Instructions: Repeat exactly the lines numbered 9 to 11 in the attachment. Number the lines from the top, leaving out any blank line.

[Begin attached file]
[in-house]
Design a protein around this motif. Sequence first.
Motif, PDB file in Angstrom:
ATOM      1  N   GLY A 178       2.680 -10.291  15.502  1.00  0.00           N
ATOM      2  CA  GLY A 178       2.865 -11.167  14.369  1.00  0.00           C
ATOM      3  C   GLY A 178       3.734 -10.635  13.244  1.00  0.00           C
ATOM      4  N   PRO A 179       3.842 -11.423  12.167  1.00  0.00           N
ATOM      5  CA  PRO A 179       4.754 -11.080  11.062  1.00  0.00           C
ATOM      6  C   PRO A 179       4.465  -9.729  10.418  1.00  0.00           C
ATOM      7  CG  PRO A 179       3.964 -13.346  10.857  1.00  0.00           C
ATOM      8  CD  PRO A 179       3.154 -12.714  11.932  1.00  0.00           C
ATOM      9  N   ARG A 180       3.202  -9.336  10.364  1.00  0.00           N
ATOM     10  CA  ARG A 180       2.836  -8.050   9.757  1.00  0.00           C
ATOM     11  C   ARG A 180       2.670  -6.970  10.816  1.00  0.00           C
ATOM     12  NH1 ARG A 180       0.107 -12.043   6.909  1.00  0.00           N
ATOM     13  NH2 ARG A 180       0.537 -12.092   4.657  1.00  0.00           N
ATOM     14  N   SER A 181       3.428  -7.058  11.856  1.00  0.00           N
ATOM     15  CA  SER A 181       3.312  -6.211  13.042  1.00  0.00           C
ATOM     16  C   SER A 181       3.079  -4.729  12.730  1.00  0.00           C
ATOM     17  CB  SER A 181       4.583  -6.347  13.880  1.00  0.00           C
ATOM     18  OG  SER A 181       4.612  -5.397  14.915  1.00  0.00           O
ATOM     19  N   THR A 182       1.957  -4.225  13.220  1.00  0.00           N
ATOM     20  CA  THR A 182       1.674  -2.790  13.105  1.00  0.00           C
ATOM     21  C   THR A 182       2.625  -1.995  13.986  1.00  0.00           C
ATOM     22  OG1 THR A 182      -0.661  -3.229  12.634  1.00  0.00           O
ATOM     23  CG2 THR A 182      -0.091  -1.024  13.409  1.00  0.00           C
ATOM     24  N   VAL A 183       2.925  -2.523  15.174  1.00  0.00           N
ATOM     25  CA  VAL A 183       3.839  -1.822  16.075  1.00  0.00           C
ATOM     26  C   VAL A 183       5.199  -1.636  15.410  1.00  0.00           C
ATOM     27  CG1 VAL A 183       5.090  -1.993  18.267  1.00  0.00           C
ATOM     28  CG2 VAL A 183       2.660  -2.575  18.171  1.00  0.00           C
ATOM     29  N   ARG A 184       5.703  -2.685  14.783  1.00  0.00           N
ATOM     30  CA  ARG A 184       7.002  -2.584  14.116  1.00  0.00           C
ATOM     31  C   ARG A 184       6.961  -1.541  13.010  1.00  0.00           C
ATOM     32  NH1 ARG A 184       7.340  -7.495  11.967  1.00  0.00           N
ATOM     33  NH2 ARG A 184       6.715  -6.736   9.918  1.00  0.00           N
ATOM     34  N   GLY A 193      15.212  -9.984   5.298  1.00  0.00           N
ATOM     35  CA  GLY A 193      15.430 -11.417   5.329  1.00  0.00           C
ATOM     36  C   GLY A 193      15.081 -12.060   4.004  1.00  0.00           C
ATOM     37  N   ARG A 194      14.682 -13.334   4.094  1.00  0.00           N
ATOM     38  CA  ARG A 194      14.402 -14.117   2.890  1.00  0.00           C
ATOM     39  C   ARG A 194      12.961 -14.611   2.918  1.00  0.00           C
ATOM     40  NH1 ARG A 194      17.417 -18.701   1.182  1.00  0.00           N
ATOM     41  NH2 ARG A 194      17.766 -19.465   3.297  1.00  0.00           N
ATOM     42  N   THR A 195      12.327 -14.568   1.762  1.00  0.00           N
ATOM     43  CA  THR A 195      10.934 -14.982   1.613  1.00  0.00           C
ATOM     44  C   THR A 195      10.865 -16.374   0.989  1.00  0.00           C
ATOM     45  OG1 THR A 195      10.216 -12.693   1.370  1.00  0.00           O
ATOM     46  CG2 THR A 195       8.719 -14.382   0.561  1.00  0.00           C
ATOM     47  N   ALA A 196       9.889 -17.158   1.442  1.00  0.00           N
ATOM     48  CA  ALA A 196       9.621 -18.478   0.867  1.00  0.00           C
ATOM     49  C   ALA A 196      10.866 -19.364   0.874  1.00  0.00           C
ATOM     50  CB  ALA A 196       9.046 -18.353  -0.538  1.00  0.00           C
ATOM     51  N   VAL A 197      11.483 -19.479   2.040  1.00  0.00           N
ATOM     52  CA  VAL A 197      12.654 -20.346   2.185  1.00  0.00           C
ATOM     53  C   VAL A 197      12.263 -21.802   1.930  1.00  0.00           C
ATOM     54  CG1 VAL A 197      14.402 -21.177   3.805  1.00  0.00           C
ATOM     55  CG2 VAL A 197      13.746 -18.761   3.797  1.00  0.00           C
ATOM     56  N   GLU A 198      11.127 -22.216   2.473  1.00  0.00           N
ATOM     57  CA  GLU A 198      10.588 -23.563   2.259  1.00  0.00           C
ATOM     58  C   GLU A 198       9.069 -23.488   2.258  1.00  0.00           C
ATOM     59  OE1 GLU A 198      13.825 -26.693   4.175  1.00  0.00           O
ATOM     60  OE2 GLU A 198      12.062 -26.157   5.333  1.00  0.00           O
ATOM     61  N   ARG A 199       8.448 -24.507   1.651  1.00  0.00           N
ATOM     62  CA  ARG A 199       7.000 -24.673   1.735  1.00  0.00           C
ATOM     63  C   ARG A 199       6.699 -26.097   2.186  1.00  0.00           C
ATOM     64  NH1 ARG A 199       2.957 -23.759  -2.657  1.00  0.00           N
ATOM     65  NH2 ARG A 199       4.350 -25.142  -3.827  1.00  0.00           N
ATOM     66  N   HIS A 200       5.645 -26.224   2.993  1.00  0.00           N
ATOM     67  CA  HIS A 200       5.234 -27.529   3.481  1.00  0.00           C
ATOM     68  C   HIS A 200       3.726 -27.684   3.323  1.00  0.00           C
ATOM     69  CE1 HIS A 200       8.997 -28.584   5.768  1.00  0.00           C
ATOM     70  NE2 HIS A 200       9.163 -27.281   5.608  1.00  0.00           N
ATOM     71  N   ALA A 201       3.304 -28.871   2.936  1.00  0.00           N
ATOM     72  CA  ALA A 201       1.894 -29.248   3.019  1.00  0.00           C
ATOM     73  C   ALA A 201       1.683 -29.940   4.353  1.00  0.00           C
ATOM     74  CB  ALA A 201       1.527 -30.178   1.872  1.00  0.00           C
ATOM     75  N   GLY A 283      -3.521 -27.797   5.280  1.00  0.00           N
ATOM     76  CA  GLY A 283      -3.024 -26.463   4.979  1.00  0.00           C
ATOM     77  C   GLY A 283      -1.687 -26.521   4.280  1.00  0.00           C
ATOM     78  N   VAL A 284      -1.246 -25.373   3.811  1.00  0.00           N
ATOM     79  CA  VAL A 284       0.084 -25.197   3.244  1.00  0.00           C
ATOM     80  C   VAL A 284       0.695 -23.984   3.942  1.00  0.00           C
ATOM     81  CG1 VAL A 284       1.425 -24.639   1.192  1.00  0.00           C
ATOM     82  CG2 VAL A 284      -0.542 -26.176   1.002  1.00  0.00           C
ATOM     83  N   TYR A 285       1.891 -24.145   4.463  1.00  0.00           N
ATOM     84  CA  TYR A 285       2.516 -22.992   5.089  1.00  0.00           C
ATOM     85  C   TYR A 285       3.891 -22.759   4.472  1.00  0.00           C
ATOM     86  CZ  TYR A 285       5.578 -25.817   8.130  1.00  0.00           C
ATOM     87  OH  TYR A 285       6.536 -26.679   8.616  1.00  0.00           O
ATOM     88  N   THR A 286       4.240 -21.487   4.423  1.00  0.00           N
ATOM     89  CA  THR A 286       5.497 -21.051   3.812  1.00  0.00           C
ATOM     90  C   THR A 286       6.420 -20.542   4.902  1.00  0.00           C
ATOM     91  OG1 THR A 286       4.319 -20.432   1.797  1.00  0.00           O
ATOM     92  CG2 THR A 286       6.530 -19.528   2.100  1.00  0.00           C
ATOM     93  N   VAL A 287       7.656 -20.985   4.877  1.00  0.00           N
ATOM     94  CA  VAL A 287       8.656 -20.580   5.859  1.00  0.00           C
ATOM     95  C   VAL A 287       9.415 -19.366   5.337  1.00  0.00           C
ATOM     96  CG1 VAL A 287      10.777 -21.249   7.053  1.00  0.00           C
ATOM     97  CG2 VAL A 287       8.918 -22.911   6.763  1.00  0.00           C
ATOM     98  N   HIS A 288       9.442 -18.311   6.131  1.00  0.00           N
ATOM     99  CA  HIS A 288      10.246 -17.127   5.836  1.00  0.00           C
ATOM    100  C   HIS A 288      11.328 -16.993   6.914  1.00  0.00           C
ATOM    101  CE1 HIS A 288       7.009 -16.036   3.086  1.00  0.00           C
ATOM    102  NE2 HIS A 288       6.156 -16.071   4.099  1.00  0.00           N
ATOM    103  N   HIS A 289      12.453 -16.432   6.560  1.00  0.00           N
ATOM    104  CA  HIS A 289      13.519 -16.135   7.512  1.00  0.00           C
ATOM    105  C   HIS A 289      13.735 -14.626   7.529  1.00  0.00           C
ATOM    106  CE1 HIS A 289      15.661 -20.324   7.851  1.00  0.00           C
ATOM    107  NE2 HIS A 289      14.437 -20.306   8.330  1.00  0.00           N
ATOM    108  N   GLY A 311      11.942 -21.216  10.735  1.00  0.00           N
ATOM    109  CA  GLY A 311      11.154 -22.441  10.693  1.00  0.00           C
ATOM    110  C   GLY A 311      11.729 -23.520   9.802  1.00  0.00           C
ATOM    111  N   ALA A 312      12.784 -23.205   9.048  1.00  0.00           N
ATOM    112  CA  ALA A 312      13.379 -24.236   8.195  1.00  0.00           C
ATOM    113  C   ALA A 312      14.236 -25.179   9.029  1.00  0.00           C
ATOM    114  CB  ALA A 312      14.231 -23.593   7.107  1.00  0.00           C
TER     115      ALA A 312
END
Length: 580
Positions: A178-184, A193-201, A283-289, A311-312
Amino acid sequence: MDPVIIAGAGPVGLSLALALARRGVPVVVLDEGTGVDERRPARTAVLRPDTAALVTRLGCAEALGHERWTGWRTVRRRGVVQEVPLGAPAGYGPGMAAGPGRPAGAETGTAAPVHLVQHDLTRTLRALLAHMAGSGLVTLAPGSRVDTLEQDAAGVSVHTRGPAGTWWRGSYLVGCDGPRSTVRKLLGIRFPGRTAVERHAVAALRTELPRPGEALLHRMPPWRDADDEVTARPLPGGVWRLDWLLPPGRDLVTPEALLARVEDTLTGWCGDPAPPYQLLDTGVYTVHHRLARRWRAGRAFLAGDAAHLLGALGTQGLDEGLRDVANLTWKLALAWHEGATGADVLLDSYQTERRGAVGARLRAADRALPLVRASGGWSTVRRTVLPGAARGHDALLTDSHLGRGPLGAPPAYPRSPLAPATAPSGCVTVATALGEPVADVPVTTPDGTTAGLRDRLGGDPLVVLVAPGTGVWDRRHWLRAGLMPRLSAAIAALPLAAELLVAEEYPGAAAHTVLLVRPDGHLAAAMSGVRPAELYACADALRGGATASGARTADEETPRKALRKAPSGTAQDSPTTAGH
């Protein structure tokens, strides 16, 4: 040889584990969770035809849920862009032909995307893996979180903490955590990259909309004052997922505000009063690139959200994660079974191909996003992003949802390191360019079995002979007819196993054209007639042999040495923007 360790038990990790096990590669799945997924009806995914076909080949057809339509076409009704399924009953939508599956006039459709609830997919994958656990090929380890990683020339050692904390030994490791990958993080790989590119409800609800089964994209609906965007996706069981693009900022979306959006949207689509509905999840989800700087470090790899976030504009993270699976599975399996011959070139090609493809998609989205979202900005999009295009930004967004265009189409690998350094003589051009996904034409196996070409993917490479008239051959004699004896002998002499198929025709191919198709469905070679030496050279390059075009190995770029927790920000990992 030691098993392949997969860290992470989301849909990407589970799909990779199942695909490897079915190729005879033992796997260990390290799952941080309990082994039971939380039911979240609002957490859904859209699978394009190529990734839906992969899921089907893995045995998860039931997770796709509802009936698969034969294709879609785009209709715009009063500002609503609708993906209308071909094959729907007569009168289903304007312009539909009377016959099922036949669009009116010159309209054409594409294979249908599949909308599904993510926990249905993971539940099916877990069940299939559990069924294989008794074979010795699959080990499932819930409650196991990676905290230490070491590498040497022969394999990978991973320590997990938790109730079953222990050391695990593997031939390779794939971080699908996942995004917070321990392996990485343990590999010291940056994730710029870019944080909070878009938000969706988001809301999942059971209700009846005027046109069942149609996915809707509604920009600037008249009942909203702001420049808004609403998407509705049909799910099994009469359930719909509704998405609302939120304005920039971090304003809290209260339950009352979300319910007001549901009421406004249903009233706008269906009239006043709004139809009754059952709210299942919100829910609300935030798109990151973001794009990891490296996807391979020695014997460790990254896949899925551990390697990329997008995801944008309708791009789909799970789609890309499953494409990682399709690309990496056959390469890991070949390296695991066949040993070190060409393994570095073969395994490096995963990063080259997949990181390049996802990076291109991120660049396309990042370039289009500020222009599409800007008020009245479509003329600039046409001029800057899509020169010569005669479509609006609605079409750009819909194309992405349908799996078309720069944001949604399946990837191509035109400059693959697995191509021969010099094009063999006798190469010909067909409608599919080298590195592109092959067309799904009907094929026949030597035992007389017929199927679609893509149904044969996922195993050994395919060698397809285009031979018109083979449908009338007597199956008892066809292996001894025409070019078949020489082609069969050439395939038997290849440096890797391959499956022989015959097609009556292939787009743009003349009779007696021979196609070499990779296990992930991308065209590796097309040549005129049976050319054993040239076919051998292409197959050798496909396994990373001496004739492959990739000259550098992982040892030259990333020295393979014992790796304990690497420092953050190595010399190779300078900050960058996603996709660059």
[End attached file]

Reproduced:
ATOM      6  C   PRO A 179       4.465  -9.729  10.418  1.00  0.00           C
ATOM      7  CG  PRO A 179       3.964 -13.346  10.857  1.00  0.00           C
ATOM      8  CD  PRO A 179       3.154 -12.714  11.932  1.00  0.00           C